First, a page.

Liver function breath test using aromatic amino acids

A test for determining hepatic function has been developed. This test uses oral administration of isotope labeled phenylalanine or tyrosine, particularly .sup.13 C-phenylalanine, in a rapid breath test. In the preferred mode, the breath sample is analyzed using a mass spectrometer and compared with a standard. The breath test provides a dynamic rather than static determination of hepatic function and can be used for both early and late stage liver problems.

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The present invention concerns the use of carbon-labeled aromatic amino acids, particularly phenylalanine and tyrosine, in a breath test for determining liver function. The test is exceptionally well-suited as a screening test for a variety of liver disorders including chronic liver disease such as cirrhosis, necrosis and hepatic degeneration due to hepatitis and other illnesses. The test can also provide quantitative information on liver function to identify the degree and progression of hepatic dysfunction. This information may be useful for planning liver transplants and other treatments.

Current tests for identification and management of liver dysfunction, are, primarily, static blood tests. These tests include measurements of specific enzyme activities such as aminotransferases or gamma glutamyltransferases, measurements of serum albumin, bile acids and bile pigments in plasma and urine, cholesterol testing, and coagulation tests such as prothrombin levels. These tests do not measure liver function but rather only show abnormal values which result from liver cell destruction. These tests are carried out primarily by blood testing in laboratories, although some stat instruments and methods for testing certain of these materials have been developed, or are in the process of development.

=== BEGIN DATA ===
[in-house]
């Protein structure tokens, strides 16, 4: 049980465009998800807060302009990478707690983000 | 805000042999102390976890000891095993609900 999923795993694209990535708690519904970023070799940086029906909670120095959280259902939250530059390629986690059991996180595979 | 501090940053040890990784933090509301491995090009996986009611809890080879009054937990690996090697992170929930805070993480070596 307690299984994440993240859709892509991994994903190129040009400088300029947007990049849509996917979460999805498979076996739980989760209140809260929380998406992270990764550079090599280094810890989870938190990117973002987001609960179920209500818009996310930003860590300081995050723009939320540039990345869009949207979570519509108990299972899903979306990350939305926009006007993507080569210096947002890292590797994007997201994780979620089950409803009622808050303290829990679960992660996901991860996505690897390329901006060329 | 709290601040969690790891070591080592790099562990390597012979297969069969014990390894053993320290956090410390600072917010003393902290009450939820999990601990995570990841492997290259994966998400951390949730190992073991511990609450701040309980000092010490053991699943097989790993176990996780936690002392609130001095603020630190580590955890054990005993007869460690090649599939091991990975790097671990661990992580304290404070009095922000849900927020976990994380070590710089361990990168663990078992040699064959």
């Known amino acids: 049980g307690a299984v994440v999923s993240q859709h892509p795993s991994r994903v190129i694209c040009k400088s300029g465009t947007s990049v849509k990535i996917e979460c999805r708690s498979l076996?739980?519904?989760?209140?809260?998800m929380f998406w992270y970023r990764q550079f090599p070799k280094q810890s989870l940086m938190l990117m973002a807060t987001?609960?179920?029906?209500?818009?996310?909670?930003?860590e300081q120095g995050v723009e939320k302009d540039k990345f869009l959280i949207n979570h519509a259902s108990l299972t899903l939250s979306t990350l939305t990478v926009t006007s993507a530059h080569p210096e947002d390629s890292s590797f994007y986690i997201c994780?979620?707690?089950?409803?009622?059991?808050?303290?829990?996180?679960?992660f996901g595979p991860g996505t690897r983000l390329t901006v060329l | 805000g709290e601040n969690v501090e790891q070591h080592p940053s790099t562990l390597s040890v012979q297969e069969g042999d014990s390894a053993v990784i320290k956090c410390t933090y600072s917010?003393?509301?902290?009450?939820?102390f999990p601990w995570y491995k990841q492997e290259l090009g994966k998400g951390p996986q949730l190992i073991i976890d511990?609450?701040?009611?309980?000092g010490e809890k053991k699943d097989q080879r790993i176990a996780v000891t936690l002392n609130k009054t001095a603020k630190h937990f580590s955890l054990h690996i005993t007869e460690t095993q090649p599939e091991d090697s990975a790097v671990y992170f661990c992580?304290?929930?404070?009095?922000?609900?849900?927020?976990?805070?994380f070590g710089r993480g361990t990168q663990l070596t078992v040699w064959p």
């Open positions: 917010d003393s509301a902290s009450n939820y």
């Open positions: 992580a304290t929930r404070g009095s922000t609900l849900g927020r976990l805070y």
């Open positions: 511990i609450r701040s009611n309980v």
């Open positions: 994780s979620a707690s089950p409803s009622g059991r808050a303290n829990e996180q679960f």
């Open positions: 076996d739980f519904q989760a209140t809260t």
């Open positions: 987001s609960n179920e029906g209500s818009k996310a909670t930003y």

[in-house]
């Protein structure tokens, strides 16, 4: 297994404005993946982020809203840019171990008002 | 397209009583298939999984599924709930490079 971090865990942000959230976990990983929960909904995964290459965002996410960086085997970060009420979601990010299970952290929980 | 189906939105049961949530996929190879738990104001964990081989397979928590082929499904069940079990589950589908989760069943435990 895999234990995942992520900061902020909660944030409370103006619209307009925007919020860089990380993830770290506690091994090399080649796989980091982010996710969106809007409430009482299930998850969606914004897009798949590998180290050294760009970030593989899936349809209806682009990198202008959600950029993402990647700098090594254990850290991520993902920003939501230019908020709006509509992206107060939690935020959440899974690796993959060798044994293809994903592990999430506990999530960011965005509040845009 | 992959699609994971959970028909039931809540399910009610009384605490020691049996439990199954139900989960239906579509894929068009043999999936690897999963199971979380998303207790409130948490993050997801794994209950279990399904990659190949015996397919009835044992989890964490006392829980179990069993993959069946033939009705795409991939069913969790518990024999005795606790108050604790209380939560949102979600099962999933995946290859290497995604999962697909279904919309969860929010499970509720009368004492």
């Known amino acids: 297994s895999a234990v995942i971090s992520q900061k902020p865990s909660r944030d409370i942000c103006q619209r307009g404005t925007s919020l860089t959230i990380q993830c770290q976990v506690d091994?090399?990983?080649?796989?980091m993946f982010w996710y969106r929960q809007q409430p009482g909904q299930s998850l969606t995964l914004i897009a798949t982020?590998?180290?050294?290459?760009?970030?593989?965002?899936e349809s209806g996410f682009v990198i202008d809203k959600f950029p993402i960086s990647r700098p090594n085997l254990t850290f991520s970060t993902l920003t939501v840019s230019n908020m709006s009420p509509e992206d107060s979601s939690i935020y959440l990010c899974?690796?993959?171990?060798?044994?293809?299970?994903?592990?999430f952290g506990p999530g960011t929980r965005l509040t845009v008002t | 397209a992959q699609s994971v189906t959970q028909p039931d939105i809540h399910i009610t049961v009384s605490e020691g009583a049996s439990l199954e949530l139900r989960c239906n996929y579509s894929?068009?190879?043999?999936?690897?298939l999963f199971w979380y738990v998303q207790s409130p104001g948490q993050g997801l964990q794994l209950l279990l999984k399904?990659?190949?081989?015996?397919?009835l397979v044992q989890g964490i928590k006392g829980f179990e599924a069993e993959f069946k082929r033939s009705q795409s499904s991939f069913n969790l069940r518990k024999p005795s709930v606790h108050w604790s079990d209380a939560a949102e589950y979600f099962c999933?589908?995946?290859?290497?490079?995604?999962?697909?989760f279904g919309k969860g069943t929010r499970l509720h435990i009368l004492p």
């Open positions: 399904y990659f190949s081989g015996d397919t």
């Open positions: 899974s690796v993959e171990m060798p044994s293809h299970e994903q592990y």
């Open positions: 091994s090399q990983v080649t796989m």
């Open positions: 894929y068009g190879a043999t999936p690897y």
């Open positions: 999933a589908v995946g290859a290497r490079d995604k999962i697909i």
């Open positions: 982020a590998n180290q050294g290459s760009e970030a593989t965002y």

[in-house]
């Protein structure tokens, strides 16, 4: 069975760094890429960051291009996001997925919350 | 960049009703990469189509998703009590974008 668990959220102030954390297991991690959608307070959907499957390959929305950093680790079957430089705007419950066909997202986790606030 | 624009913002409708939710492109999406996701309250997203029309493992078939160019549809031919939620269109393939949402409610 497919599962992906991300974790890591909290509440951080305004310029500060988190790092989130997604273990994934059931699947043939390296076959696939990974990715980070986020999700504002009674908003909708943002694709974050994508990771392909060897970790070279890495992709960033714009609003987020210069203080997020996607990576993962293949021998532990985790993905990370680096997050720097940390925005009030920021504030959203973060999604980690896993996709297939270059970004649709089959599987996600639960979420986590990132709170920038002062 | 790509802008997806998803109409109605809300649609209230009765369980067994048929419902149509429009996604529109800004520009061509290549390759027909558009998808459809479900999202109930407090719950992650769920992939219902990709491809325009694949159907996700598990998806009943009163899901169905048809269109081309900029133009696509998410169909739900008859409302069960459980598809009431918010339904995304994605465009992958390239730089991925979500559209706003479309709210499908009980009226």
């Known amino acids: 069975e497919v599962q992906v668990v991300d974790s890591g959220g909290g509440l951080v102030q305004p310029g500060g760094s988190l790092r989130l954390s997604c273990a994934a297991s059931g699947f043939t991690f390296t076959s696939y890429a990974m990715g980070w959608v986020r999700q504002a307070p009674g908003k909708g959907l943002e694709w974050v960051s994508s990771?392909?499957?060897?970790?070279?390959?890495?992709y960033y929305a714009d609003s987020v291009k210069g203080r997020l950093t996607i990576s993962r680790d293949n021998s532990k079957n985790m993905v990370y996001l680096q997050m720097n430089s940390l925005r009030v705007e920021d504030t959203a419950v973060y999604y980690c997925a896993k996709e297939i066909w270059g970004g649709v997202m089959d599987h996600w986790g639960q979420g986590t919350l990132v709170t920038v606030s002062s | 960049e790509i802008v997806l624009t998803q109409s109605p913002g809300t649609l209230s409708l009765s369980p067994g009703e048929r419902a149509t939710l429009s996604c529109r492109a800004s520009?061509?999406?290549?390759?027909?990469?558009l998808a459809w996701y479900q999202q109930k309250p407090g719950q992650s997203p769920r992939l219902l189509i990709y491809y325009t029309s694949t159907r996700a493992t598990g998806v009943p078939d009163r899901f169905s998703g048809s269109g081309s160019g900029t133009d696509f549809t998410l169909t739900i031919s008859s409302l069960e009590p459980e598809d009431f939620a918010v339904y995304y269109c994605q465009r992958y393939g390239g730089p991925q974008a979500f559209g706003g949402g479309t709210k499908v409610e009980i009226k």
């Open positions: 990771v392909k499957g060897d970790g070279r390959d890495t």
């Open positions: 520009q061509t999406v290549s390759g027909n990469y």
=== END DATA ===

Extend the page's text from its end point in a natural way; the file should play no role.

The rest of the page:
The problem with these static tests is that they do not provide a dynamic model of liver function but rather an indication of the prior liver cell destruction. Accordingly, in order to determine whether there are hepatic problems which could lead to the destruction of liver cells at a later time, a dynamic rather than static test is necessary.

Although a few specific quantitative tests for measuring hepatic function have been developed to supplement the static blood screening tests, these have not been overly successful. These dynamic tests are primarily breath tests measuring drug metabolism instead of degradation of natural metabolites. Examples of this first group of tests utilize labeled aminopyrine, phenacetin, or methacetin. Another group of breath tests, the substrate metabolism tests, use labeled galactose or caffeine. There are also plasma tests using caffeine and galactose. A further group of tests are plasma-based (as opposed to breath) liver substrate clearance tests using dyes such as indocyamine green and bromosulfophthalein.

The aminopyrine breath test has been found useful for measuring liver function in patients with alcoholic cirrhosis or chronic acute hepatitis. This test has clinical utility because of its capacity to reflect residual functional microsomal mass and viable hepatic tissue. See, e.g., A. Baker et al., Sem. in Liver Dis. 3:318-329 (1983). However, this test is useful mainly in identifying patients in most severe stages of liver disease. The reason is that the aminopyrine test is a measure of late function of cholestatic liver disease, not a sensor or indicator of early stages of disease. In addition, this test has potential safety concerns and significant cross reactivities which limit its usage.

Phenacetin and methacitin are also microsomal substrates which have been used in breath tests to evaluation hepatic function. Both phenacetin and methacetin undergo deethylation, resulting in acetaldehyde formation, which is oxidized by the Krebs cycle to CO.sub.2. However, the phenacetin and methacetin breath tests are not sensitive enough to evaluate mild liver disease.

The caffeine and galactose elimination breath tests are also useful in determining liver function but have problems of their own. The caffeine test is a quantitative measurement of hepatic microsomal metabolism while the galactose elimination test measures hepatic cytosolic function. The galactose breath test is a better discriminator of chronic liver damage then it is of mild liver damage but it is subject to diet interferences. Similarly, the caffeine test is inaccurate in cases of those who smoke or who have had environmental exposure of hazardous chemicals. The false positive results from this test, coupled with the very low CO.sub.2 values from healthy individuals, lead to too many inaccuracies. The plasma tests utilizing caffeine and galactose also share these same problems.